Why security forces need to win trust of tribals in Pir Panjal region

The death of the three men has shaken their families

CORRECTION India Kashmir Violence On the boil: National Conference supporters in Srinagar protest the deaths of three civilians, allegedly in Army custody | AP

THE GUJJARS and Bakerwals of Kashmir’s Pir Panjal region are at the centre of attention yet again. On December 21, the People’s Anti-Fascist Front, allegedly a proxy of Jaish-e-Mohammad, attacked two Army vehicles, killing four soldiers and injuring three.

In the aftermath, security forces apprehended eight men from Topa Pir, one of the villages where the Gujjars and Bakerwals live. Though five of them were released after protests by villagers, three―Safeer Ahmed, 37, Muhammed Showkat, 26, and Shabir Ahmed, 30―were found dead the following day. A video showing the men being tortured, allegedly by soldiers, led to widespread outcry throughout the Pir Panjal region, which spans the districts of Rajouri and Poonch. The National Conference, the Peoples Democratic Party and the Jammu and Kashmir Apni Party condemned the alleged custodial killings, demanding justice for the deceased. The government was quick to impose restrictions, cut the internet and announce compensation and job offers for the families of the men. The Army initiated an inquiry into the incident and three officers, including a brigadier, were transferred. Army Chief General Manoj Pande met senior commanders and soldiers and asked them to conduct operations professionally.

The death of the three men has shaken their families. Safeer’s brother Noor Ahmed, a Border Security Force head constable posted in Rajasthan, said, “His neck was broken and they also gave him electric shock. His death has shattered our lives. Who will take care of his four children and widow now?”

He said compensation would not bring his brother back. “We want justice; those who did it should be punished.”

Showkat’s uncle, Muhammad Sadiq, said the Army reached their village at 9.30am on December 22. “They took my nephew and another young man from our village,” he said. “Later, at noon, they took another, Shabir Ahmed.”

He said they got the bodies only at 2am the next day, thanks to the intervention of the deputy commissioner and superintendent of police. “If they had shot them, it would have been less painful,” he said. “We buried the bodies the next morning, and only the villagers could attend the funeral because of the restrictions.”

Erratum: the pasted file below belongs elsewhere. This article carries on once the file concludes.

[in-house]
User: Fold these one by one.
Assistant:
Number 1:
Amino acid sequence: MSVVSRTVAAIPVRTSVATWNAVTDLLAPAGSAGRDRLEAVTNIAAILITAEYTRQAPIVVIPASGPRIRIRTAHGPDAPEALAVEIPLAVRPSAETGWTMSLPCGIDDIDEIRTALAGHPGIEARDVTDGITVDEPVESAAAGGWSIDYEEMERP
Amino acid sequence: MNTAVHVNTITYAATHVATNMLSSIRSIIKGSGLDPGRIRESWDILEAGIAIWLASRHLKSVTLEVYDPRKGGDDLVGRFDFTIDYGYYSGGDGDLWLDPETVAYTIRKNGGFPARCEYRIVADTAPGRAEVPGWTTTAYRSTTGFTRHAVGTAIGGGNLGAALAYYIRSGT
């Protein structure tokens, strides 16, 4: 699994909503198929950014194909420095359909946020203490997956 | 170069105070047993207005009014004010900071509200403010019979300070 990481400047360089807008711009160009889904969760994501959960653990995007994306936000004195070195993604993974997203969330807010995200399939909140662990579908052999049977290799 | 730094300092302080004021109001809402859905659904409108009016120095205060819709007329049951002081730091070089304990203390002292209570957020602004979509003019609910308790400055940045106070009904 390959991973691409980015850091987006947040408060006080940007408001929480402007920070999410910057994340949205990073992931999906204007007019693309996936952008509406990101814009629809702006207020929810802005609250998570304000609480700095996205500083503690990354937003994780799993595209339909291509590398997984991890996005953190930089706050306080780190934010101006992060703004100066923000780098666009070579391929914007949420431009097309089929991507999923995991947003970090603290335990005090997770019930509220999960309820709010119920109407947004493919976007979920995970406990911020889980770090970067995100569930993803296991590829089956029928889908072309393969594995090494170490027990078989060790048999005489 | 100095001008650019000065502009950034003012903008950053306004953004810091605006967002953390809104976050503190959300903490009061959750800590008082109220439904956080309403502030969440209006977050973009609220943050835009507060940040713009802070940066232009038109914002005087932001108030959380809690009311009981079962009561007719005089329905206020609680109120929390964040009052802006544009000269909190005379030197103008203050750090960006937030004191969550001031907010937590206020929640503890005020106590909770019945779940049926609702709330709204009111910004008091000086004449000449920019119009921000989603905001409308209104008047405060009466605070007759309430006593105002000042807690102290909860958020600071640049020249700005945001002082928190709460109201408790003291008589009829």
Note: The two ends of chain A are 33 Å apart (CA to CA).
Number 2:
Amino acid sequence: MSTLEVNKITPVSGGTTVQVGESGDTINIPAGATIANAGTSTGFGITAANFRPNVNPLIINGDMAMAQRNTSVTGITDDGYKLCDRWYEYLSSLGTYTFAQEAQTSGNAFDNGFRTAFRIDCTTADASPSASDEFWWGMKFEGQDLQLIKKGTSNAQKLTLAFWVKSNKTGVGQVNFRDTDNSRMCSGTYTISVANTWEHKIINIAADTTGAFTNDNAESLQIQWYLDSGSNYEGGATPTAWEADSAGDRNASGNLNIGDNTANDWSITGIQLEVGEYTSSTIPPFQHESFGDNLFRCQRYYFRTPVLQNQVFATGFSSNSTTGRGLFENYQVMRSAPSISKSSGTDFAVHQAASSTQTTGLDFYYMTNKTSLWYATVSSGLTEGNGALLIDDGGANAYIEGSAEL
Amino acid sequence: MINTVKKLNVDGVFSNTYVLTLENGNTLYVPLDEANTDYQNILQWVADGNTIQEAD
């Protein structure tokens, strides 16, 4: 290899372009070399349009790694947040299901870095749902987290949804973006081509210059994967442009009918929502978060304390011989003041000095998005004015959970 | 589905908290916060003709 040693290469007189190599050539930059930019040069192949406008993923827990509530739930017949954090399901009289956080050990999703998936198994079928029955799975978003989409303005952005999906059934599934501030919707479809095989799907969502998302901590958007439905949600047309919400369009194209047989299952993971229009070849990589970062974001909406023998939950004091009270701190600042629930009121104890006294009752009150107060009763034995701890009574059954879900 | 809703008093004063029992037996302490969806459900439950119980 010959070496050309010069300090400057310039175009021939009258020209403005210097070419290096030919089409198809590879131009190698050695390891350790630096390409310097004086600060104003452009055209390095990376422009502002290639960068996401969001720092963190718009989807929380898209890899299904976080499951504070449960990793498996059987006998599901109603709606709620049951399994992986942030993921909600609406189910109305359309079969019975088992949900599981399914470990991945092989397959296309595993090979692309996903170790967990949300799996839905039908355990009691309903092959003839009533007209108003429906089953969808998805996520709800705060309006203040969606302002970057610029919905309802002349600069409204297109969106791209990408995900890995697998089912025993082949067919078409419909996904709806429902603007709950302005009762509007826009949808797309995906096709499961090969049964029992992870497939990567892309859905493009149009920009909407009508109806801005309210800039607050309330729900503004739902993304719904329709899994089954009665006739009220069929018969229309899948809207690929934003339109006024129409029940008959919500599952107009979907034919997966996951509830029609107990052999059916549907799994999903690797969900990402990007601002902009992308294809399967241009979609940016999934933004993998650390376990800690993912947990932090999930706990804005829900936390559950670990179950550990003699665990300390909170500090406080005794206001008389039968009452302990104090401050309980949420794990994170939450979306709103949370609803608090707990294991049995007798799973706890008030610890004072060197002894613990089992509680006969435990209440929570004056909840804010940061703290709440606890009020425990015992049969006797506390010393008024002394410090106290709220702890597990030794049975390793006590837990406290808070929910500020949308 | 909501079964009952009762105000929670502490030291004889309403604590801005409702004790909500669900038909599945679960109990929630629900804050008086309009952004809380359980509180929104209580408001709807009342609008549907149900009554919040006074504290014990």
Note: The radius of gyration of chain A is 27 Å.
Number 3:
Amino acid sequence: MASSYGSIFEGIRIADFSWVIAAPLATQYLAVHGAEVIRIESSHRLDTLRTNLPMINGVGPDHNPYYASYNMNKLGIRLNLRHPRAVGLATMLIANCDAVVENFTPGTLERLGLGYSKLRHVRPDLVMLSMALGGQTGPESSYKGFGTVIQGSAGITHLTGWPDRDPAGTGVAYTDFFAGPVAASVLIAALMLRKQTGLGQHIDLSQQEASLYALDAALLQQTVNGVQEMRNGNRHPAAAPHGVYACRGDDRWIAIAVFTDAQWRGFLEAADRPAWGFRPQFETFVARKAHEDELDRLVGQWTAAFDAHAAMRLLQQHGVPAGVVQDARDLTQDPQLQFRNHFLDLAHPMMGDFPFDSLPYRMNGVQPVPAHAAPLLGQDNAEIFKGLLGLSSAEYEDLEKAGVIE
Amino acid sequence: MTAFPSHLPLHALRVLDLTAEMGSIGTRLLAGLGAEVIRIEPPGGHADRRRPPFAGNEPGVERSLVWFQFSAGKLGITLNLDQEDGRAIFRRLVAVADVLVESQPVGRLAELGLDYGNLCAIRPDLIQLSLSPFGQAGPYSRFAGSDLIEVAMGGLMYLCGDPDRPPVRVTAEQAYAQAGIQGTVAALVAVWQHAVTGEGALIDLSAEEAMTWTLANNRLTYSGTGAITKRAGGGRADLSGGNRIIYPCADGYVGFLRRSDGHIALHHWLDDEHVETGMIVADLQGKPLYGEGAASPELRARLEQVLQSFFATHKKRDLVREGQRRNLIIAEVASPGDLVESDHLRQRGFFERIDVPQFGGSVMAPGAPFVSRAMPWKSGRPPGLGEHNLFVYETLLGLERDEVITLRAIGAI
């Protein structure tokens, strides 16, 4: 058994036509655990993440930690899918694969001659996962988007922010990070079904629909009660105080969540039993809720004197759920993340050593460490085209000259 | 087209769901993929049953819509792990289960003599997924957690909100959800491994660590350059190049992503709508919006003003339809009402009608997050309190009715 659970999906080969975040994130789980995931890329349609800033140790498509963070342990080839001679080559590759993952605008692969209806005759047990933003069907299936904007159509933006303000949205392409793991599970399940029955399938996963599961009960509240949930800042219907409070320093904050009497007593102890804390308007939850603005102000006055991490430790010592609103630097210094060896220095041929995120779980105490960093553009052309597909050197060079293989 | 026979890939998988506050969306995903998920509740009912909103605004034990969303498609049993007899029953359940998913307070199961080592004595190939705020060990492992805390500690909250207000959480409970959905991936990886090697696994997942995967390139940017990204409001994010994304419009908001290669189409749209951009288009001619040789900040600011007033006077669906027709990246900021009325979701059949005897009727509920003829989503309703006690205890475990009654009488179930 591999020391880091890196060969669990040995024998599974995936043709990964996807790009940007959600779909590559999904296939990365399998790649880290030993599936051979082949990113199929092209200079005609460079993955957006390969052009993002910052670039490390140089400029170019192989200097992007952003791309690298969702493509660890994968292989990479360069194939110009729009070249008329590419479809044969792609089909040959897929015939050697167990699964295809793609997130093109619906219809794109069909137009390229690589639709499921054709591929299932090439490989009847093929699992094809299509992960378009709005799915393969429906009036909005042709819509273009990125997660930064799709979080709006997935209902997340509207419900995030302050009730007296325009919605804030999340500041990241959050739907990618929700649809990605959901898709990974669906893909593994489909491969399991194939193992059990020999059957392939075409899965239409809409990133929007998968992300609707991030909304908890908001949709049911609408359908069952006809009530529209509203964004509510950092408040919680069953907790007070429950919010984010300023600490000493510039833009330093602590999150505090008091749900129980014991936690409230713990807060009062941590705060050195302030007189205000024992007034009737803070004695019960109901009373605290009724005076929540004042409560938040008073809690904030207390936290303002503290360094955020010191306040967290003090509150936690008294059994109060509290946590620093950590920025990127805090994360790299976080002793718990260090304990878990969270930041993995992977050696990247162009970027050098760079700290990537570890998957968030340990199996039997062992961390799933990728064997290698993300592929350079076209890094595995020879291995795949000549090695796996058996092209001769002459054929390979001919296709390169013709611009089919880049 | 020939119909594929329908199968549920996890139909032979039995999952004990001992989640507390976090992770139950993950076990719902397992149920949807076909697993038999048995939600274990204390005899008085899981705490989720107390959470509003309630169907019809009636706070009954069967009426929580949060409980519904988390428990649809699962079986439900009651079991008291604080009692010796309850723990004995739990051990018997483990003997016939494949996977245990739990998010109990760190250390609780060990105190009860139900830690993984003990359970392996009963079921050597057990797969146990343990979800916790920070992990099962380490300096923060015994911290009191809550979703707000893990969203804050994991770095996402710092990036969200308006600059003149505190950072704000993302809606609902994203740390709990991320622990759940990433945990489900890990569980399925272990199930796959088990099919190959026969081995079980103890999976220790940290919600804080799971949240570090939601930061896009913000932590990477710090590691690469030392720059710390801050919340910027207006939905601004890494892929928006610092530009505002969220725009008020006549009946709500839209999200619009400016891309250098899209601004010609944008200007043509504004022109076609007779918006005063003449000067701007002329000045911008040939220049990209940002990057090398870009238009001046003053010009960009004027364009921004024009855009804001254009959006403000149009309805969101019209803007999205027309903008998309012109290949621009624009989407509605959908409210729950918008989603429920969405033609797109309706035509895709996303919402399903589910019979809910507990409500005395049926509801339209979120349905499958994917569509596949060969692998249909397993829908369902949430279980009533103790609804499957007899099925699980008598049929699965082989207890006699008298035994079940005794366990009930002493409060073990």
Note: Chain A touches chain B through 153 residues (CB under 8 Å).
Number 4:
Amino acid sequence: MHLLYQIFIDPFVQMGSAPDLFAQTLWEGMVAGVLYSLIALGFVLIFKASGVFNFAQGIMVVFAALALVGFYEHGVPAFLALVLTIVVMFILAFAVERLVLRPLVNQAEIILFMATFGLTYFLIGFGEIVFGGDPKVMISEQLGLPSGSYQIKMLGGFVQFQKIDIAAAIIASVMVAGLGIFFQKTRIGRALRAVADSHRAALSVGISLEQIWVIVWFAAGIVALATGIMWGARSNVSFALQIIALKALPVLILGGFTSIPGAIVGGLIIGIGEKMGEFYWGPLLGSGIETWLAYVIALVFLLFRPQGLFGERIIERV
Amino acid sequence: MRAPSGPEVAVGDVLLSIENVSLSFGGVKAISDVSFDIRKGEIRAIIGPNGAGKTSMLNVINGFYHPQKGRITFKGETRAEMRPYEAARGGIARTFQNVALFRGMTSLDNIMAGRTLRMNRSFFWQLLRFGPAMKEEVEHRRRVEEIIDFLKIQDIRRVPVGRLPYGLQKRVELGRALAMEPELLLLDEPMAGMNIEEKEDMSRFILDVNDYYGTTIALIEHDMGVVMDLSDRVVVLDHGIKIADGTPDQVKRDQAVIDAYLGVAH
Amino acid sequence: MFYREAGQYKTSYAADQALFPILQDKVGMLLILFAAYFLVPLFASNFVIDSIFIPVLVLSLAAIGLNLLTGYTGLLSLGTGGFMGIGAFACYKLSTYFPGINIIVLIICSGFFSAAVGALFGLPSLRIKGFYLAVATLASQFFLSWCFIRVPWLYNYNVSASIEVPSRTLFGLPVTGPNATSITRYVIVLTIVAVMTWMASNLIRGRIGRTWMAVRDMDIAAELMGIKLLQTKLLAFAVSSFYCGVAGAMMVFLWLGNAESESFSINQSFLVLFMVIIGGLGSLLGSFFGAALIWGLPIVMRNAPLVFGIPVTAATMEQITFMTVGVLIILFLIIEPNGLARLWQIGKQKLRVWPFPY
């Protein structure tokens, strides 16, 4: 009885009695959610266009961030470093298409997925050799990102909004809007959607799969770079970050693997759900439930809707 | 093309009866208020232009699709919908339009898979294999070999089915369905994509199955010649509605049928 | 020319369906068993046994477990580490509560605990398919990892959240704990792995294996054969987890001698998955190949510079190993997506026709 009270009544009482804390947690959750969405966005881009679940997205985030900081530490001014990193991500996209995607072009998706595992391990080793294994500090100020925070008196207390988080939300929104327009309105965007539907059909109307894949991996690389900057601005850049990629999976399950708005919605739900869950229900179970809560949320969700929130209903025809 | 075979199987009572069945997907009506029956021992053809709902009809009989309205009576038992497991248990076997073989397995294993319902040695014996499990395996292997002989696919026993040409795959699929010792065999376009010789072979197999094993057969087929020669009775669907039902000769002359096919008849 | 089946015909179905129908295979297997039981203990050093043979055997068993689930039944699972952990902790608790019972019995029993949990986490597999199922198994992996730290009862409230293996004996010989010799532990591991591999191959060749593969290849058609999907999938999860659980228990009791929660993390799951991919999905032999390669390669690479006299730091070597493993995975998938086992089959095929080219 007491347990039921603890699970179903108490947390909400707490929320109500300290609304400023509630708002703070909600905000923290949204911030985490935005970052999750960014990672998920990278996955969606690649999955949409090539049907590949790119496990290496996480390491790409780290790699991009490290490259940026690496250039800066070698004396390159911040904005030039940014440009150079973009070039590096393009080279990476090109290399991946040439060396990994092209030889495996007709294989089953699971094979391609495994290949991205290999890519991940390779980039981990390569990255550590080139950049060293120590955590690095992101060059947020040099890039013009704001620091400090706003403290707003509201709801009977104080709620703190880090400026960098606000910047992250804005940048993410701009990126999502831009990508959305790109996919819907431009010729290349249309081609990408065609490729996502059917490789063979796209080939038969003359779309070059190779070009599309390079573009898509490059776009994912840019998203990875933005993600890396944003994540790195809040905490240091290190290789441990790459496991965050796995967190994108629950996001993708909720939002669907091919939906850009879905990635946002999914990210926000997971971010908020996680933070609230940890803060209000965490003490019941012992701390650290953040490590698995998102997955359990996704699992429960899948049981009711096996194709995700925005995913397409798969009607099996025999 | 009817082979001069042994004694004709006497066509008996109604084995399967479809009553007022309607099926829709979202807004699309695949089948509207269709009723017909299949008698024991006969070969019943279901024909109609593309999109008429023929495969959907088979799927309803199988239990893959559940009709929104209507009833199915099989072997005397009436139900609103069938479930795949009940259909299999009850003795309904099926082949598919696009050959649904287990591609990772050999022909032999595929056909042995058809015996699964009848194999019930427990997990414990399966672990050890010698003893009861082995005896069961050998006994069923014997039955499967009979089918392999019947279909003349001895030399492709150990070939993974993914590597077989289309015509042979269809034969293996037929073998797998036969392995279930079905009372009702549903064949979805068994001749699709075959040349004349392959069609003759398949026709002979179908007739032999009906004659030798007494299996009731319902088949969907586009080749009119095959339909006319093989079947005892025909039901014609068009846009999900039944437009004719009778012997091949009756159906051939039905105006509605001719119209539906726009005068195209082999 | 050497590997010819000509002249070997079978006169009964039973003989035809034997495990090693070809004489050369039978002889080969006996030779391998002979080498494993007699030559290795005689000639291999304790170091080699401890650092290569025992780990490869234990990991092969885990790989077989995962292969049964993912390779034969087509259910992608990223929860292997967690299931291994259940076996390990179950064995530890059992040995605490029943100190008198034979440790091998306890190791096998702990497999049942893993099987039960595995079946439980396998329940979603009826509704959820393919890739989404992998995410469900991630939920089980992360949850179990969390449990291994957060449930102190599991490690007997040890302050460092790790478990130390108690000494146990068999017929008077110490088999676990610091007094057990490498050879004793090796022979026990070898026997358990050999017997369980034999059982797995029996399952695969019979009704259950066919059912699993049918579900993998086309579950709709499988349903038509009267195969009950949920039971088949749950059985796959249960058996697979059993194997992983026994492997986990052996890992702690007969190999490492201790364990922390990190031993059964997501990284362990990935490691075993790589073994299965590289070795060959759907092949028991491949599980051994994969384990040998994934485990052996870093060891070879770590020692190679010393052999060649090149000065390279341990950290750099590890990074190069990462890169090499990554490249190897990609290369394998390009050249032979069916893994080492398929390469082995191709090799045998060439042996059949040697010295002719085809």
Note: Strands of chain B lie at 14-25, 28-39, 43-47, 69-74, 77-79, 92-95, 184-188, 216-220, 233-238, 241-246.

This was the second time civilians faced the blowback of an attack on security forces in Pir Panjal. On April 26, Mukhtar Hussain Shah, a farmer from Poonch’s Nar village, allegedly died by suicide days after he was taken for questioning in relation to an attack on security forces. His family and neighbours blocked the Jammu-Poonch highway, seeking a fair inquiry into the incident. Before his death, Shah alleged in a video that he and his family had been harassed. “I am not under pressure from the Army or the police or any villager,” he said in the video while holding a small bag in his hands that apparently contained a bottle of insecticide. An inquiry led by the additional deputy commissioner of Poonch concluded that Shah died after consuming poison. However, his family has contested these findings.

Such incidents have caused disaffection among the locals. On May 9, a villager, Anil Kumar, was shot in the leg by the Army for roaming suspiciously near the Line of Control. On December 16, two villagers were shot dead and another injured, leading to stone-throwing at an Army camp on the Jammu-Poonch highway. The Army blamed terrorists; villagers suspected the camp’s sentry.

After the abrogation of Article 370, Pir Panjal has become a new theatre of high-intensity terror attacks. The attacks on civilians have also contributed to tension in the region. On January 1, Dhangri village in Rajouri faced its first terror attack since the late 1990s. This year alone, 20 security forces personnel and 28 terrorists have been killed in encounters in the region.

Mistrust is in the air. The security forces believe that such high-precision attacks are not possible without local support. The Bakerwals, who move with their herds during summers, traverse the Pir Panjal range from Rajouri and Poonch to Shopian and Kulgam in south Kashmir. The rugged terrain, snaking rivers and dense forests of Pir Panjal offer cover to terrorists, aiding infiltration from Pakistan-occupied Kashmir into districts like Rajouri, Poonch and Pulwama. Experts said that such challenges could only be countered by better intelligence, for which the security forces need the help of the locals.

As per the 2011 census, the Gujjars and Bakerwals make up 15 lakh of the 1.25 crore population of Jammu and Kashmir. Activist-lawyer Guftar Chowdhry, however, said the census was carried out in April-May, when a large number of them were on the move with their herds. “We are patriotic people and will never help anyone plot against the country,” he said. “The government should not take any step like conferring ST status to non-tribals like the Paharis and some upper-caste groups. Such a move will harm our prospects in jobs and admissions.”

Observers fear that adopting a tough stance, particularly against the Gujjars and Bakerwals, could prove counterproductive in addressing the escalating security challenge in the region. This could further alienate these communities, especially as they are already miffed at the proposed expansion of the scheduled tribe status.

Ravinder Raina, Jammu and Kashmir BJP president, said the death of the three men would be investigated and responsibility fixed. “Gujjars and Bakerwals are my brothers and nobody will be spared if found involved,” he said. “This is a tragedy for all of us.”